Friday, June 1st, 2012
Area libraries to upgrade systems
By Amy Kronenberger
Librarian Liz Muether, left, assistant director Vicki DeBolt, adult services coo. . .
Area librarians are asking for patrons' patience as they transition to an updated computer system this month.
Mercer County District Public Library in Celina and its branches in Mendon, Chickasaw and St. Henry will be closed Thursday, when the system goes live, Celina librarian Liz Muether said.
St. Marys, Rockford and Fort Recovery libraries are upgrading to the same system. St. Marys will close Thursday until 1 p.m.; Fort Recovery will be closed as usual on Thursdays; and Rockford plans to stay open during the work.
Patrons at all participating libraries can expect limited services and delays this week and next week, librarians said. Suspended services include the online catalog and new member sign-up.
Children signing up for the children's summer reading program can do so at any time but will have to wait until June 8 to receive a library card, Celina adult services coordinator Connie Gray said.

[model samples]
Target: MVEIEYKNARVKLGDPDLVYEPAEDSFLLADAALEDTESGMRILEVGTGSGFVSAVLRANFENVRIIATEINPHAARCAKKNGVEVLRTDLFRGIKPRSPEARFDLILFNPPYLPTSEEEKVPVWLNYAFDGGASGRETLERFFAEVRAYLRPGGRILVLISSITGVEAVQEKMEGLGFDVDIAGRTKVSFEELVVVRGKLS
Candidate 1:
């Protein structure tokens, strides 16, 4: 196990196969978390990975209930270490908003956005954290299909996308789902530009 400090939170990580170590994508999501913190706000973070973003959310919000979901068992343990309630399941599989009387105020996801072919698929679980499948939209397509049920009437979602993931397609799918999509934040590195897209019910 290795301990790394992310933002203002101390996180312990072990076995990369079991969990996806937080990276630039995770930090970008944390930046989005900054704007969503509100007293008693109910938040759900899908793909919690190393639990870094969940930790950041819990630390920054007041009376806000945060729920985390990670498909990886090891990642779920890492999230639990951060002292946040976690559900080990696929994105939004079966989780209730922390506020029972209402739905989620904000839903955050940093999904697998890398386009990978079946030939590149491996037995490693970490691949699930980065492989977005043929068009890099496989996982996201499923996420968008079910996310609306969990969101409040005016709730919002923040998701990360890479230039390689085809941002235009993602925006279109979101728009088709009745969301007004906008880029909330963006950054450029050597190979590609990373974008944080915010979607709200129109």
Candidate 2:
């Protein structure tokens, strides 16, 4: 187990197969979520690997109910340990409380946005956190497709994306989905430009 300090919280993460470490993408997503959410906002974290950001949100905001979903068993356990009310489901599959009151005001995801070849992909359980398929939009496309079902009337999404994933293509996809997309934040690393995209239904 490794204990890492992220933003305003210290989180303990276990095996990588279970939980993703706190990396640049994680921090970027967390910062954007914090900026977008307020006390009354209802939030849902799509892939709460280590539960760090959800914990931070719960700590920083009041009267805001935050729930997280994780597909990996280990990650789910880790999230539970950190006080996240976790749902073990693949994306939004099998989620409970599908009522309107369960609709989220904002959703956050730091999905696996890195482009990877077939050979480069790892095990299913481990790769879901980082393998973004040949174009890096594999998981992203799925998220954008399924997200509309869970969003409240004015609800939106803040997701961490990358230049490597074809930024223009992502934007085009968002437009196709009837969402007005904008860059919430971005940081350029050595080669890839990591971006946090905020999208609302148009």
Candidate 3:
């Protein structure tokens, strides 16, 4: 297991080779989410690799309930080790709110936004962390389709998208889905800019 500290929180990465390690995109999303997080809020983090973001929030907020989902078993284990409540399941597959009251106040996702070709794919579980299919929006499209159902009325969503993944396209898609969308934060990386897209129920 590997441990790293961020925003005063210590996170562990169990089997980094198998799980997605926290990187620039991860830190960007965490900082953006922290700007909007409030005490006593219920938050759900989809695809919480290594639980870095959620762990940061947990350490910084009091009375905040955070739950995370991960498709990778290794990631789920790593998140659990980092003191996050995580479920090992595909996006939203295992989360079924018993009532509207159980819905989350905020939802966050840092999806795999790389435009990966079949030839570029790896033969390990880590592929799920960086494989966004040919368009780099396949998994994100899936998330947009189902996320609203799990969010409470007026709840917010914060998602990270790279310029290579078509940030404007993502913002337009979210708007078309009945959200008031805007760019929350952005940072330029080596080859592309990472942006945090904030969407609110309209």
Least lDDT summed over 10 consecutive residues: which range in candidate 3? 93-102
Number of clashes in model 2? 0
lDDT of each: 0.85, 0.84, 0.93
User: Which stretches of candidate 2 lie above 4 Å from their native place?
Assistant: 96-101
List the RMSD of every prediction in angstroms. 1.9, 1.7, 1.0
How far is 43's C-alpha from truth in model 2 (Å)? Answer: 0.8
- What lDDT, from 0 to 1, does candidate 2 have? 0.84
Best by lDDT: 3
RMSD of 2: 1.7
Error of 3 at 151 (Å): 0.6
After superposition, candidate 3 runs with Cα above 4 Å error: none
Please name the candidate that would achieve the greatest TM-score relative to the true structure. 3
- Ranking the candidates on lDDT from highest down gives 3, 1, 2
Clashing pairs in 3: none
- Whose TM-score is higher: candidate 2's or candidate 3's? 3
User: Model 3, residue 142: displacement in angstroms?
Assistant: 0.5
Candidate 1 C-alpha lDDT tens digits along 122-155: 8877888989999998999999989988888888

"Services are going to be very limited," Muether said. "No one will be able to look anything up, and the entire staff is learning the new system so patience will be needed."
The new system, called Symphony, will be easier and faster for patrons to use, Gray said. The new online catalog, called eLibrary, will be more interactive, offering social media capabilities.
Muether said Symphony will allow patrons to recommend items to other patrons, and it will recommend items to patrons based on what they've previously checked out, similar to shopping on Amazon.com.
"In reality, we're still working on it, so we don't really know what the new system will look like," Gray said. "It's an extremely complex situation."
All participating libraries are members of the Serving Every Ohioan Library Consortium. The consortium updates its computer system every five years for its members.
Celina library director Austin Schneider said the entire project costs about $150,000 divided amoung the approximate 150 consortium members.
"We know we'll have to upgrade every five years to keep up with technology," Muether said. "So we save part of our dues to pay for it."